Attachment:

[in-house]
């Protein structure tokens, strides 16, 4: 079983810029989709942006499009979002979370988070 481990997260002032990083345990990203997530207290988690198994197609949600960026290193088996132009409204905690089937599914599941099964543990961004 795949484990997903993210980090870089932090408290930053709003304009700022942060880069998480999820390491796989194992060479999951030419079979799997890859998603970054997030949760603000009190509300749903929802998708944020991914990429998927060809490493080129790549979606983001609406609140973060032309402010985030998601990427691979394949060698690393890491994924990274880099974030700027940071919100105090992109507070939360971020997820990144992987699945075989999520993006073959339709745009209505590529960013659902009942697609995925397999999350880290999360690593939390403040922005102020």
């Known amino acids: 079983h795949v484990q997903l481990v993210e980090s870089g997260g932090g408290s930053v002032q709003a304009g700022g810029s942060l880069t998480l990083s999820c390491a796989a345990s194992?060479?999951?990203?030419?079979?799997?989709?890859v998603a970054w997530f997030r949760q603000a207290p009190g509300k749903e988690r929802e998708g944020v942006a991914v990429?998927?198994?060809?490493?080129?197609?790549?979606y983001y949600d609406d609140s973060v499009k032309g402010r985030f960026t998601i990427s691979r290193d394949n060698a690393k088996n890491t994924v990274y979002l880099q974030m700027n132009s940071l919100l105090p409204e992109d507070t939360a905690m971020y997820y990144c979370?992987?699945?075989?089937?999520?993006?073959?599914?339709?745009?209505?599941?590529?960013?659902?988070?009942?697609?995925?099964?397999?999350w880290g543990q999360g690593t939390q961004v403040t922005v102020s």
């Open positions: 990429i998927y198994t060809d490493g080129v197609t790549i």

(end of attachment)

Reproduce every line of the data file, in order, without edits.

[in-house]
């Protein structure tokens, strides 16, 4: 079983810029989709942006499009979002979370988070 481990997260002032990083345990990203997530207290988690198994197609949600960026290193088996132009409204905690089937599914599941099964543990961004 795949484990997903993210980090870089932090408290930053709003304009700022942060880069998480999820390491796989194992060479999951030419079979799997890859998603970054997030949760603000009190509300749903929802998708944020991914990429998927060809490493080129790549979606983001609406609140973060032309402010985030998601990427691979394949060698690393890491994924990274880099974030700027940071919100105090992109507070939360971020997820990144992987699945075989999520993006073959339709745009209505590529960013659902009942697609995925397999999350880290999360690593939390403040922005102020």
């Known amino acids: 079983h795949v484990q997903l481990v993210e980090s870089g997260g932090g408290s930053v002032q709003a304009g700022g810029s942060l880069t998480l990083s999820c390491a796989a345990s194992?060479?999951?990203?030419?079979?799997?989709?890859v998603a970054w997530f997030r949760q603000a207290p009190g509300k749903e988690r929802e998708g944020v942006a991914v990429?998927?198994?060809?490493?080129?197609?790549?979606y983001y949600d609406d609140s973060v499009k032309g402010r985030f960026t998601i990427s691979r290193d394949n060698a690393k088996n890491t994924v990274y979002l880099q974030m700027n132009s940071l919100l105090p409204e992109d507070t939360a905690m971020y997820y990144c979370?992987?699945?075989?089937?999520?993006?073959?599914?339709?745009?209505?599941?590529?960013?659902?988070?009942?697609?995925?099964?397999?999350w880290g543990q999360g690593t939390q961004v403040t922005v102020s």
């Open positions: 990429i998927y198994t060809d490493g080129v197609t790549i």